My Life with Ehlers-Danlos: How Can You Be a Champion?

January 9, 2017

Welcome to 2017, friends! I’m grateful for new beginnings- even if it only means I have to remember to write a new number when I write the date. I am declaring this year a “Year of Champions” for myself. I am committed to looking for champions around me every day. I want to be aware of the people in my life that offer hope and encouragement to those who feel as though there’s no one left to fight for them.
I also want to commit to being a champion for myself and others. While I’ve spent the years since I became ill trying to be a voice and an advocate for those who are disabled, I’m aware that there’s more than I can do. I hope that my rare disease friends will join me in committing to being a champion for those in our community. I’ve spent the closing weeks of 2016 thinking about how I can be a person who inspires hope for chronic/ rare disease patients around the world. I don’t believe this is an exhaustive list, but it’s a start. I would love to hear more ideas of ways we can all be champions for those in our community.

  1. I can donate to organizations that help rare disease patients. Every year I hope to do a fundraiser for one of the research organizations that offers hope to patients through medical research. I want to do it, but I make a thousand excuses about my own struggling finances that keep me from actually moving forward. This year, I will organize some sort of fundraiser for a patient organization (ie. Global Genes.) It might be small scale, but I will find a way to donate to the organization(s) that bring hope to patients like me.
  2. I can volunteer to spread awareness. In the coming year, I want to take opportunities to spread the message that invisible disabilities are just as real as any other. I’ve considered offering to speak to elementary classrooms about visible and invisible disabilities. Maybe I’ll just continue to use my voice as a blogger to spread this message. I don’t have an exact plan, but I know it’s important to me that I do this.
  3. I can speak up. In the past couple months, I’ve felt discouraged by the hateful things I’ve heard others say about my friends with disabilities. The judgment and general disregard others have shown to those with daily health struggles is heart breaking. This year, I’m getting bolder. I will speak up and advocate for my friends and chronic illness family. I’m not an angry person. I’m not even a confrontational person. However, I will be a voice and an advocate when I see or hear someone being treated poorly because of their differences.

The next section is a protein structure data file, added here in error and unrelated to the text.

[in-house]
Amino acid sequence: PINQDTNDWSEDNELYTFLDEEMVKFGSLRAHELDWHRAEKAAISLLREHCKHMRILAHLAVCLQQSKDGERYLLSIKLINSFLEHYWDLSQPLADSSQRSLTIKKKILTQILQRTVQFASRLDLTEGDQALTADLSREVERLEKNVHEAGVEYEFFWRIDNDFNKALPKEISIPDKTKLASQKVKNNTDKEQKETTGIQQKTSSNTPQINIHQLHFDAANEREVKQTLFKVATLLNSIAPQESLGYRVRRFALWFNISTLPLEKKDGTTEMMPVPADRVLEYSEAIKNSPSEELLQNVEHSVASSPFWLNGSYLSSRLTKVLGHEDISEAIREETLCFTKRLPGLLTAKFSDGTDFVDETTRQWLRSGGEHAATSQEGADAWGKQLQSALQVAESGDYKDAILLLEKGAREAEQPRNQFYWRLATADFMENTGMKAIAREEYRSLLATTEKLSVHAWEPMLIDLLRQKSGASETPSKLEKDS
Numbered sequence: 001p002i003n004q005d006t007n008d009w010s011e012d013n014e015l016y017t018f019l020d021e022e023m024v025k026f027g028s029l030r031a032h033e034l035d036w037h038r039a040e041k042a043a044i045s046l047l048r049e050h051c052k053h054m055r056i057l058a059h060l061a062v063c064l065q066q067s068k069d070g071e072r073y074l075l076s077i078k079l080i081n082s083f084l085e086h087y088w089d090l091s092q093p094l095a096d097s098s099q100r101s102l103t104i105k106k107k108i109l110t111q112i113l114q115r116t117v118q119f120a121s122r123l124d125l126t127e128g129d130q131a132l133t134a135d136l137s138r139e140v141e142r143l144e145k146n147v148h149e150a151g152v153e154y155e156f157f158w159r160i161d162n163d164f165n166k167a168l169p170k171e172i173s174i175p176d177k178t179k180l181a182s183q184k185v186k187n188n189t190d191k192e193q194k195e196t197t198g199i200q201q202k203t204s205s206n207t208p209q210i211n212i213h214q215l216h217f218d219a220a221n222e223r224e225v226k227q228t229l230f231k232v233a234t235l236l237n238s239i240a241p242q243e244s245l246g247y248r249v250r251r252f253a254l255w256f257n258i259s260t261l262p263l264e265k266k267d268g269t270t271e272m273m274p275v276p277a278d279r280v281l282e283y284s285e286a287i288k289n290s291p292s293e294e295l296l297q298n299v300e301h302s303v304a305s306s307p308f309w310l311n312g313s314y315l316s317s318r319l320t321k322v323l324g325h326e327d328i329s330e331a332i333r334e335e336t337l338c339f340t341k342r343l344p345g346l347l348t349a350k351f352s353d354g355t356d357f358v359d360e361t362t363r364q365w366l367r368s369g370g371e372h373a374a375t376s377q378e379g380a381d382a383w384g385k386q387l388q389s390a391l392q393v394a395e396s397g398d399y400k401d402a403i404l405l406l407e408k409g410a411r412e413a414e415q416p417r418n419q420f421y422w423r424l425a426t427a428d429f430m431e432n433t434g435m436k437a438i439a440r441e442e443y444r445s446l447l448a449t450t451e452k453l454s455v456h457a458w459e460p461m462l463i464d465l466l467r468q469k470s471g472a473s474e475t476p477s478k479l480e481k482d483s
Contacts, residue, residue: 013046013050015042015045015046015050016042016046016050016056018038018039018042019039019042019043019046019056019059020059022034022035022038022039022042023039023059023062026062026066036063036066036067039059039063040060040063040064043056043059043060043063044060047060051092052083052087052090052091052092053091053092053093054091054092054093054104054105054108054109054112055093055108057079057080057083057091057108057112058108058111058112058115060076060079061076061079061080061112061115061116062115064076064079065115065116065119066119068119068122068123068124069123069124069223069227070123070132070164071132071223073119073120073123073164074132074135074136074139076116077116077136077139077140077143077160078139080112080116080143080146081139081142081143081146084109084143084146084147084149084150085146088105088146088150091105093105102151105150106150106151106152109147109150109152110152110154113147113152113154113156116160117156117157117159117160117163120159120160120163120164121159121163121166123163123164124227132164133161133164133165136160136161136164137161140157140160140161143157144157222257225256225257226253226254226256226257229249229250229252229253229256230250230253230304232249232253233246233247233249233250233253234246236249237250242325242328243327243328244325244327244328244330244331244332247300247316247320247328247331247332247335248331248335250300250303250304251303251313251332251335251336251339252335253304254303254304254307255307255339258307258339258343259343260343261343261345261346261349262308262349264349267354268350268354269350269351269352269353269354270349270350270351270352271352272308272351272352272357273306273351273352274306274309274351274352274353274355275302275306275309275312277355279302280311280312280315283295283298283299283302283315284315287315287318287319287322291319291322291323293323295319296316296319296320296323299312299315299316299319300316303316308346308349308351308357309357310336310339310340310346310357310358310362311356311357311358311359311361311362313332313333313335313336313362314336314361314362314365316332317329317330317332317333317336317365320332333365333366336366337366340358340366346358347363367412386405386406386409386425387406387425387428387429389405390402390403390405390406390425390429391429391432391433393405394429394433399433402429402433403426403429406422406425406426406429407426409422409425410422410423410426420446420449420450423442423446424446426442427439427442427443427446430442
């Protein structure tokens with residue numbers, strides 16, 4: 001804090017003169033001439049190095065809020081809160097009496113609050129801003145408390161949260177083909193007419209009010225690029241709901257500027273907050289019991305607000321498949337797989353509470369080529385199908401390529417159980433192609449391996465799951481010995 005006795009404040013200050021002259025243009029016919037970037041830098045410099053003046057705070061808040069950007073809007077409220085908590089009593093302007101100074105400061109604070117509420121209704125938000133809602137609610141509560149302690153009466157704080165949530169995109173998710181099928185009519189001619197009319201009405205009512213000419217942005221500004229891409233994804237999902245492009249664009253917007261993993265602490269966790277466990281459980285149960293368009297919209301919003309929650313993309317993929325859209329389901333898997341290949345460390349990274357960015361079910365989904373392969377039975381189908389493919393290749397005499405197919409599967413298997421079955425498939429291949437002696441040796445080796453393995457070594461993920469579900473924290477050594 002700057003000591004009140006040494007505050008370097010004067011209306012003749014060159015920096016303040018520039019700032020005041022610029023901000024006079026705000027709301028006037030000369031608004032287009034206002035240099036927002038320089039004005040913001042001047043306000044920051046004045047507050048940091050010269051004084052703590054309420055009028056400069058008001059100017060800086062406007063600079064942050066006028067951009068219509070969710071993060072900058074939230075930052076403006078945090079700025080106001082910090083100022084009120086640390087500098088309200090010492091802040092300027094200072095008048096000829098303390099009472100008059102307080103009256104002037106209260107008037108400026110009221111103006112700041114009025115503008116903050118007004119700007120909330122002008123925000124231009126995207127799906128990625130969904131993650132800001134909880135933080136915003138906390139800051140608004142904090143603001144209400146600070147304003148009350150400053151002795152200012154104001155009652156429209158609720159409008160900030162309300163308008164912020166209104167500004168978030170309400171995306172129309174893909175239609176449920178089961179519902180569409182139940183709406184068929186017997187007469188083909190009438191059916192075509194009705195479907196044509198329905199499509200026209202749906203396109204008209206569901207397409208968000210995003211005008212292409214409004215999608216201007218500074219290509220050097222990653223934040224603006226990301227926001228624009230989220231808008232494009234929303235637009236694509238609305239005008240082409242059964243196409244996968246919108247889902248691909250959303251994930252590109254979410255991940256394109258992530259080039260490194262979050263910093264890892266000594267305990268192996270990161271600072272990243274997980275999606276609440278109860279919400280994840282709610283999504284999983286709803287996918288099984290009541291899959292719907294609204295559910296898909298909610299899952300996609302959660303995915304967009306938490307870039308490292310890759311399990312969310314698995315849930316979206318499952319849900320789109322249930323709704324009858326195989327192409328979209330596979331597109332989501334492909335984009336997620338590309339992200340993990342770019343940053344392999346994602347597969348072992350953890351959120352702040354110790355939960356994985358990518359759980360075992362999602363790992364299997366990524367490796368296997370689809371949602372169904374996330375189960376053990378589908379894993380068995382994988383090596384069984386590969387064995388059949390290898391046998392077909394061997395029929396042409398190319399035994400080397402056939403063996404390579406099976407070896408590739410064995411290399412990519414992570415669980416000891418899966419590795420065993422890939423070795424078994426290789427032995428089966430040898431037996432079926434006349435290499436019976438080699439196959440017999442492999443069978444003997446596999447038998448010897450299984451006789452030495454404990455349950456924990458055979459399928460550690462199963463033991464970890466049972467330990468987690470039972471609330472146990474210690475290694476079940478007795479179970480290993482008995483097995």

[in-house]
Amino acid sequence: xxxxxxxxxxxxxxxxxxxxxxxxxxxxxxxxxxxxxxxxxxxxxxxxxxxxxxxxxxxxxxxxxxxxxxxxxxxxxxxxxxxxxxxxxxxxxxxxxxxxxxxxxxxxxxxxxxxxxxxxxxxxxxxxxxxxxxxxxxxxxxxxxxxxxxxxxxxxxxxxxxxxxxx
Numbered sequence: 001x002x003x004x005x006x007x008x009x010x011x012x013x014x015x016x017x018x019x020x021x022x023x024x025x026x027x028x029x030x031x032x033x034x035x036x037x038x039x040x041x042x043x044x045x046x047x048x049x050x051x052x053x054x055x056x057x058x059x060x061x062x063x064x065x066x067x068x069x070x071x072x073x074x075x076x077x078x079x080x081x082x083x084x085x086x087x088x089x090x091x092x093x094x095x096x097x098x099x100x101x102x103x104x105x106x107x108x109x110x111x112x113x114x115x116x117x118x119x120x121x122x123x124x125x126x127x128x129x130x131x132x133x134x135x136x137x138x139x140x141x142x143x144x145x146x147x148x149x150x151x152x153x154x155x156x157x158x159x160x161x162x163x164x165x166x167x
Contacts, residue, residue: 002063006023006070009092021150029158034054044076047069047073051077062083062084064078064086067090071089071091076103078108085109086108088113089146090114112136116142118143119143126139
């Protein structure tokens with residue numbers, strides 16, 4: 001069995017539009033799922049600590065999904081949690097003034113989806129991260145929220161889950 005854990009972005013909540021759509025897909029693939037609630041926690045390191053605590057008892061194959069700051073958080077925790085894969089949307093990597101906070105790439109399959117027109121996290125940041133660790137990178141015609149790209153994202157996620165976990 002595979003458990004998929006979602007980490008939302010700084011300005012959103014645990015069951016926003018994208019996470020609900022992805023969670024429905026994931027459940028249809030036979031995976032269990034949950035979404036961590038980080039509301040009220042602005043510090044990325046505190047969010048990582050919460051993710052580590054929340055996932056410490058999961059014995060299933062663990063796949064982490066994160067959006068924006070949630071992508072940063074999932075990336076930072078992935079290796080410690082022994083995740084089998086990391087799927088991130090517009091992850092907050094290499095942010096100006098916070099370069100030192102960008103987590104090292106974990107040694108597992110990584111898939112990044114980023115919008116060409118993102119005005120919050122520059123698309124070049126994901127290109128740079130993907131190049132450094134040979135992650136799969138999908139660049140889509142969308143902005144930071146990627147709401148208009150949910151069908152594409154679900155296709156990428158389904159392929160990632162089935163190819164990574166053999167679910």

4. I can look for allies. I’m going to be looking for all of you to join me. I get it. Every person can’t organize a fundraiser. Every person can’t volunteer for clinical research or send letters to politicians. However, each of us has the power to hope for a better tomorrow and take steps toward that future. We can hold each other up when we’re feeling low. We can have each other’s backs when one of us gets too tired to fight. I’m looking for others to commit to being a champion for our community, and I believe I’ll find you. You’ll be in our online forums. You’ll be at the doctor’s office. You’ll be at support group meetings.

I’m sure it sounds cliché to say that we’re going to be “champions” this year. However, this life of always being sick has taught much more about my strength than my obvious weaknesses. If anyone can band together for positive change, it’s us. Let’s make this the best year yet!
About Tiffany
Tiffany Early is a 31-year-old former middle school teacher who enjoys blogging from her back porch. She is an advocate for Ehlers Danlos Syndrome, Dysautonomia, and the chronic illness/ disabled community everywhere. Tiffany lives in Campbellsville, Kentucky (roughly the middle of nowhere) with her super fabulous husband Joe and tiny but aggressive dog, Zoey. She enjoys adventures with her husband, Netflix marathons with Zoey, and hanging out with her family- especially her super cute nephew and niece, Hagan and Mia.
Tiffany manages her blog ( ) where she examines life and relationships with chronic illness while laughing at the absurdity of the whole debacle. She also writes about her adventures in “Snooki”- the attention-seeking wheelchair. She also runs an online support group for those living with chronic illness. Tiffany strives to find the bright side . . . or at least the humorous side to living with Ehlers Danlos Syndrome every day and wishes peace, love, and health to the entire rare disease community.
Facebook– Facebook Support Group Instagram-| @crazychronictiff

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